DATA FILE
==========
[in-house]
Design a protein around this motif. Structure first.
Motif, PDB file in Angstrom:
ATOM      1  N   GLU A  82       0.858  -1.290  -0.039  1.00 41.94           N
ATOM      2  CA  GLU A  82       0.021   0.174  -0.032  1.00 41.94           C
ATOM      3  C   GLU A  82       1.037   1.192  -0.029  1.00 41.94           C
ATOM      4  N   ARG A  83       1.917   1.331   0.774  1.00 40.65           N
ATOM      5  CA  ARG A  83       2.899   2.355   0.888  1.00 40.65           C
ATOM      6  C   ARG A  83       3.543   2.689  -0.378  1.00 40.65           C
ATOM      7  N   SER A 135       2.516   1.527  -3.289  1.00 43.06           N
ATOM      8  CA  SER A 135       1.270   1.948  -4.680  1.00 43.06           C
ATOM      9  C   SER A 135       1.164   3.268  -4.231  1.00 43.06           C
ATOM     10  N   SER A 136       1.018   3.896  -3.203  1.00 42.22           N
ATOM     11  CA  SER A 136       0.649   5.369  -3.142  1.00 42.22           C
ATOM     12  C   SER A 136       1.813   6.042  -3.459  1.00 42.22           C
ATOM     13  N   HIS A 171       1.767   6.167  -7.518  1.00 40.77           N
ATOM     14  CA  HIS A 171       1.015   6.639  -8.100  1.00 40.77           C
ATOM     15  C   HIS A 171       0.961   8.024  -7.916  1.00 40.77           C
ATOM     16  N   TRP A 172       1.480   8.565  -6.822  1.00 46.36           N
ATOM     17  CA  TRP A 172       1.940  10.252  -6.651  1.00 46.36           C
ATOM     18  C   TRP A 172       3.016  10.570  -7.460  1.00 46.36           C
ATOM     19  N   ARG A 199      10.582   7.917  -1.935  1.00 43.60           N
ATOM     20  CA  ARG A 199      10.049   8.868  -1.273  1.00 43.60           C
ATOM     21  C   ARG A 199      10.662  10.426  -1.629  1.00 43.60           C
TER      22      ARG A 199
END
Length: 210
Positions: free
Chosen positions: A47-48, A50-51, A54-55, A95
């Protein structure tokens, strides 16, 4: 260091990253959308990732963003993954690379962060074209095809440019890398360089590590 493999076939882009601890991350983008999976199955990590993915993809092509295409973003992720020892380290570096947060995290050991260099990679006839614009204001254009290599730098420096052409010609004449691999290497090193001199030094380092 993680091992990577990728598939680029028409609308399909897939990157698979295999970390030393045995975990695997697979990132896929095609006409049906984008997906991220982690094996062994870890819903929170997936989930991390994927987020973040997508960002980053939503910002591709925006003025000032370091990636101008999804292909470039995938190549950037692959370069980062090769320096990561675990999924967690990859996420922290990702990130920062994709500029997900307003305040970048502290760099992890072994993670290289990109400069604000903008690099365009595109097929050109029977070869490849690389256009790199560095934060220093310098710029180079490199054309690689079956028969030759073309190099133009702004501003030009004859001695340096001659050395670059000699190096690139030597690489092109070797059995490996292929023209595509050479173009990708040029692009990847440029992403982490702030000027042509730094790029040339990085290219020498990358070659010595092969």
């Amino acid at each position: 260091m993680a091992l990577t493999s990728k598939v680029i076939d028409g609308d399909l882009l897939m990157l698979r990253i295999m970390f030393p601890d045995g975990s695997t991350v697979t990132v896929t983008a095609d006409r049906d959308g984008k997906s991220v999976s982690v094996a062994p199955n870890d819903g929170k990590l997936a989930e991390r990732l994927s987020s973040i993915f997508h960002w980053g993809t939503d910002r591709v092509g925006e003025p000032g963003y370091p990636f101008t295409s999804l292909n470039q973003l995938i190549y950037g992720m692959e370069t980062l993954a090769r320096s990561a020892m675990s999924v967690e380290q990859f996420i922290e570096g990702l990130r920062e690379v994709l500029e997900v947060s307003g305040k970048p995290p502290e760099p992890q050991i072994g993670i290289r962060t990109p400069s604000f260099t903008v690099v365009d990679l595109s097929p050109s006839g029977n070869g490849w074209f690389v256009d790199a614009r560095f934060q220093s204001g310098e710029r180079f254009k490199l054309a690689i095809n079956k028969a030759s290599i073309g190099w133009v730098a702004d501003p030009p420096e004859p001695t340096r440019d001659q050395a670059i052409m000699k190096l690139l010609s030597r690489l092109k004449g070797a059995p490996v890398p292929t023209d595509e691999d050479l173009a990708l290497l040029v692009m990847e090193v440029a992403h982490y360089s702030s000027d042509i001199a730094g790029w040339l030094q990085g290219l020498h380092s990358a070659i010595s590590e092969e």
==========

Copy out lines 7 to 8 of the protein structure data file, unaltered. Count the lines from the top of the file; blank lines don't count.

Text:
ATOM      4  N   ARG A  83       1.917   1.331   0.774  1.00 40.65           N
ATOM      5  CA  ARG A  83       2.899   2.355   0.888  1.00 40.65           C